Several panellists stressed the importance of building grids with the capabilities to manage power coming from disparate renewable sources.
“We have to build out a grid that’s able to accommodate in terms of its actual infrastructure all of these additional renewables, but also accommodate it in terms of the digitalisation that allows us to control it, and connect it to people,” said Tim Green, academic leader for sustainability at Imperial College London.
There is disagreement over the role nuclear power should play in the energy transition. Yves Desbazeille, director general of Nucleareurope, said more and more member states are coming out in favour of nuclear as a carbon-free energy source. He called for more support at a European level to build large reactors, and for research and standardisation of small modular reactors.
On the other hand, Ehler criticised the “blind optimism”, particularly in eastern Europe, that nuclear energy will solve the continent’s problems.
“Even in the nuclear countries like France, when we didn’t invest in the high temperature reactors in the 1980s and ‘90s, we lost the pace,” he said. “We need an energy mix - and nuclear will be part of it - but the amount of public investment needed for new nuclear in Europe will hamper renewables in a way I think is problematic.”
Developing the technology is one thing, implementing it is another, and the sector has been held back over planning permissions. “It’s a scandal,” Mettler said. “Part of the reason our wind industry is on the verge of collapse is because of the slow permitting.”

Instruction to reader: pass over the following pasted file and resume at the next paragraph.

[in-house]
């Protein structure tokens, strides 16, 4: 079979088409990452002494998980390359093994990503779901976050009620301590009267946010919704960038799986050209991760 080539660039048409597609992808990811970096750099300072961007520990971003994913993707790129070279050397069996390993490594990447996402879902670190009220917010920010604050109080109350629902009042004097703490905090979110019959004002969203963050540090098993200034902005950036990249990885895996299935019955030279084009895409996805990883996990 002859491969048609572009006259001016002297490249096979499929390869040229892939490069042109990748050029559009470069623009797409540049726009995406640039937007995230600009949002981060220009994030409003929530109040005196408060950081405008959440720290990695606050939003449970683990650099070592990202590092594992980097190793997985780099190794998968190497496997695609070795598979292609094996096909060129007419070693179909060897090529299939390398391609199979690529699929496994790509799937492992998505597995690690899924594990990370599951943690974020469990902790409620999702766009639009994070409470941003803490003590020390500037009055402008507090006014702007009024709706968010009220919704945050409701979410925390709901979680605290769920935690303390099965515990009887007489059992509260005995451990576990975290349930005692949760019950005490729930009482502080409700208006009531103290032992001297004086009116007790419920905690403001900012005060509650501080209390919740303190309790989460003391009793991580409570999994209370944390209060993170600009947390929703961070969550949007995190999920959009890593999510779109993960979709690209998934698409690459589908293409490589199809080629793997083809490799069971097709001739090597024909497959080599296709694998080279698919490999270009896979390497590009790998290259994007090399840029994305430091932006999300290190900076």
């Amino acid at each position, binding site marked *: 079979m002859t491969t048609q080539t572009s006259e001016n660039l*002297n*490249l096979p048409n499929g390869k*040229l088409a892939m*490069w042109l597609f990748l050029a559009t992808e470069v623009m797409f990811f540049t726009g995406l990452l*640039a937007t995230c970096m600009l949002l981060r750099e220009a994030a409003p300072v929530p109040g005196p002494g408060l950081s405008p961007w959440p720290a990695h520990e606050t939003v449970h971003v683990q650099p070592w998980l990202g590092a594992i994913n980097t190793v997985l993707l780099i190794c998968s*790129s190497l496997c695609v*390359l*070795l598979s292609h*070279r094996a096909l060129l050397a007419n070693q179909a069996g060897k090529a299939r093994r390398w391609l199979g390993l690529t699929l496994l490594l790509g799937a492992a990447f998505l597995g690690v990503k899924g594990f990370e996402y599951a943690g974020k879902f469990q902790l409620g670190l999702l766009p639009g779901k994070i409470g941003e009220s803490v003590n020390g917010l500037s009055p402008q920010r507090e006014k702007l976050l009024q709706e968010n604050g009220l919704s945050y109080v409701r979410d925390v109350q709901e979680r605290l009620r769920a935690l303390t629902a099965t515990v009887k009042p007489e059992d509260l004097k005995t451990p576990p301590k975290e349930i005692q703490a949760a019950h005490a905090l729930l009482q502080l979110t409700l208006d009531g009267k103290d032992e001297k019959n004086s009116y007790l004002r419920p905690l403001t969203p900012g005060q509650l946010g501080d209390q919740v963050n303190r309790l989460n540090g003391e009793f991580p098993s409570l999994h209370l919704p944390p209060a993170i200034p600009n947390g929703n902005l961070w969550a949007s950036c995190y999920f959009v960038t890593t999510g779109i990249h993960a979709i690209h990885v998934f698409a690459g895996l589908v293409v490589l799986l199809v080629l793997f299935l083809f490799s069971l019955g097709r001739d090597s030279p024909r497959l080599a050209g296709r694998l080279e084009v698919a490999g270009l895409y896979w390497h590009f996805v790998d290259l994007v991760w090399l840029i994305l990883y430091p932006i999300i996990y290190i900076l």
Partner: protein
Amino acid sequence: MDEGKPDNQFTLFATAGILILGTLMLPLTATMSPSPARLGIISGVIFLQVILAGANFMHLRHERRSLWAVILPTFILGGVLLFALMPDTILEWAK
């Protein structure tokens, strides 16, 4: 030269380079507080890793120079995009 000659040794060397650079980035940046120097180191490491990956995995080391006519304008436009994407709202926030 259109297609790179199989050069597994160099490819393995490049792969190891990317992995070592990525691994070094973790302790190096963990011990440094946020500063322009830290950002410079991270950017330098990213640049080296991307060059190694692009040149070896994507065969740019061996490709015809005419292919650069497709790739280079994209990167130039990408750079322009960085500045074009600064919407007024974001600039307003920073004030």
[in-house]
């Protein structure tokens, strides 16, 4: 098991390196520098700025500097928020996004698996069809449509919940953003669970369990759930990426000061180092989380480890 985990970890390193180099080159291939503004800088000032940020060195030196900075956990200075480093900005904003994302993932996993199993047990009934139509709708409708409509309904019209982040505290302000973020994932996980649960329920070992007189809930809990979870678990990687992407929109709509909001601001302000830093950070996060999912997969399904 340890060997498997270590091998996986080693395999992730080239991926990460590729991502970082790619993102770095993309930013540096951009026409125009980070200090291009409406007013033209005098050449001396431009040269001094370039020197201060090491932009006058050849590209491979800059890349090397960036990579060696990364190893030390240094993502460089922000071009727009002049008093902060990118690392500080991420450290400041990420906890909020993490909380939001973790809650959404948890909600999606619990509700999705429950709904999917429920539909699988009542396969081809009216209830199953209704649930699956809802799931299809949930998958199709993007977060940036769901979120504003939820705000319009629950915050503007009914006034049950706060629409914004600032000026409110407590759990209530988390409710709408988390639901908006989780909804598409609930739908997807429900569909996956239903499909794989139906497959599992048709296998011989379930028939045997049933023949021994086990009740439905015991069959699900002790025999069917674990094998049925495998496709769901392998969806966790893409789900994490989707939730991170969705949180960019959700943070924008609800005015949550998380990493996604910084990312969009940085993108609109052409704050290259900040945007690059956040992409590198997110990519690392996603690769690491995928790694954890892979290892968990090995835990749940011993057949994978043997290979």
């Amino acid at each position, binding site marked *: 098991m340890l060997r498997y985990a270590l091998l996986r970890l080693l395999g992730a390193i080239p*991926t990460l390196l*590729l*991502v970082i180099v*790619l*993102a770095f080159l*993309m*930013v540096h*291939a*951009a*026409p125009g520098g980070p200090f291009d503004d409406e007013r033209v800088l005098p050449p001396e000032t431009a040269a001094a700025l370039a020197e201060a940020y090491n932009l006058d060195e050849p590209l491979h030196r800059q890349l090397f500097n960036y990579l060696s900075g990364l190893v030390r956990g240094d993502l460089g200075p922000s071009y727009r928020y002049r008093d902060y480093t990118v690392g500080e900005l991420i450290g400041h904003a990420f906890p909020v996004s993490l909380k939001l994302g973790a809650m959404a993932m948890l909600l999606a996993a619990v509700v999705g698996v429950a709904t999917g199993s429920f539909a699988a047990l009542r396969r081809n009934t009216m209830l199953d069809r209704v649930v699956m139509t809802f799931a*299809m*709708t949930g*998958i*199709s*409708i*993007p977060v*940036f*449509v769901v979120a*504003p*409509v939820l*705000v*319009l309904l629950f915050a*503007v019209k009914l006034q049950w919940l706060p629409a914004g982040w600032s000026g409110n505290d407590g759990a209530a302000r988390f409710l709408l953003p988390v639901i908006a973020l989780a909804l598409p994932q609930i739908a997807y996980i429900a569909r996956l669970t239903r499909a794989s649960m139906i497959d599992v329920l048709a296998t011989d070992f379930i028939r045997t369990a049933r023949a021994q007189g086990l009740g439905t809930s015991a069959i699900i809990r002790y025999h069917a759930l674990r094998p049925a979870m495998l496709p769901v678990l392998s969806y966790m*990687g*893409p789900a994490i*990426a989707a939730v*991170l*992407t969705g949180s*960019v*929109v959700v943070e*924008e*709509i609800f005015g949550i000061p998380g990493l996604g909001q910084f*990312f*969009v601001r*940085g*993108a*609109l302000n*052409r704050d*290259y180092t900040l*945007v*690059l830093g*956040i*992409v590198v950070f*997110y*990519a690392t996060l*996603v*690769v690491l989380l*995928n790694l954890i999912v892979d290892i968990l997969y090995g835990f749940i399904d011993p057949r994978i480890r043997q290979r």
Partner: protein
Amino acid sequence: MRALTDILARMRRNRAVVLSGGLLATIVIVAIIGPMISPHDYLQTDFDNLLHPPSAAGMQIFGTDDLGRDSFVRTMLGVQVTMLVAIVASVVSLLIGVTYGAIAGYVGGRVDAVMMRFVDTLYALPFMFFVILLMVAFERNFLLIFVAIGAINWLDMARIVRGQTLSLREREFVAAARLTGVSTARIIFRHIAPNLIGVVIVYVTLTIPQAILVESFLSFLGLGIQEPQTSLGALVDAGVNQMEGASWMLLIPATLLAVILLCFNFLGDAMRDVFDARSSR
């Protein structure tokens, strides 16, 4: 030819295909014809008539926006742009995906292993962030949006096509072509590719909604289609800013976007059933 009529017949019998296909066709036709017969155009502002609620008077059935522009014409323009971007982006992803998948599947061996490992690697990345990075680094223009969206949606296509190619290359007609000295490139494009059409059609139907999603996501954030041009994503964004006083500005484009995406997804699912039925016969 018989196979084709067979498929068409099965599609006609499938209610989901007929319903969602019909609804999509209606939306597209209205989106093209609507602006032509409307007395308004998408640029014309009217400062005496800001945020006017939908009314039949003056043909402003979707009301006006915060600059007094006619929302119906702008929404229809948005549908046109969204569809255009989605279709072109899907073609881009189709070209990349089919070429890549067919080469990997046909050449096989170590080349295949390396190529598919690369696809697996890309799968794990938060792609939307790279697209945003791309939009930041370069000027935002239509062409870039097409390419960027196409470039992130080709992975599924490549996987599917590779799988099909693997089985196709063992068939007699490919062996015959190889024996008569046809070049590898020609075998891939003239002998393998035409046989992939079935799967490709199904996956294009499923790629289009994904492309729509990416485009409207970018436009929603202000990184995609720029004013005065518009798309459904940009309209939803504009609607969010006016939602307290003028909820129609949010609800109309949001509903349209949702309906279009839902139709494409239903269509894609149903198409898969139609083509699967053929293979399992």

Speeding up permits is a key aim of NZIA. Maive Rute, deputy director general of DG GROW, cited the recent case of an Estonian wind farm which took almost 13 years to get a permit, but she also pointed to regulatory incoherence as another barrier to green projects.
For example, projects which had been approved under the Important Projects of Common European Interest programme need further approvals. “It turns out than in order to get some money flowing, the same project will have to go again through scrutiny for the cohesion policy,” Rute said.
Mettler also called for better metrics to measure success, and said announcing targets for 2030 or 2040 is not enough. “If we think we’re leaders in clean hydrogen, we’re fooling ourselves. Only about 5% of the projects that have been announced have reached final investment decision - but only when you reach final investment decision is there a shovel in the ground.”
Hearts and minds
Alongside industry buy-in, it is necessary to build support for net-zero among the general population.
Ehler highlighted the importance of the creative industries in accompanying the energy transition, praising the concept of the New European Bauhaus. “Dystopias don’t work in society; we need a positive idea. If we look to wind, for example, the problem is there is no perception in the European citizen that a windmill in front of their house is a good idea,” he said.
Signe Ratso, deputy director general at DG RTD also stressed the importance of citizen engagement. “We also need to invest in not only the innovations related to technology, but also in social sciences and humanities in order to understand better what is driving us as people,” she said.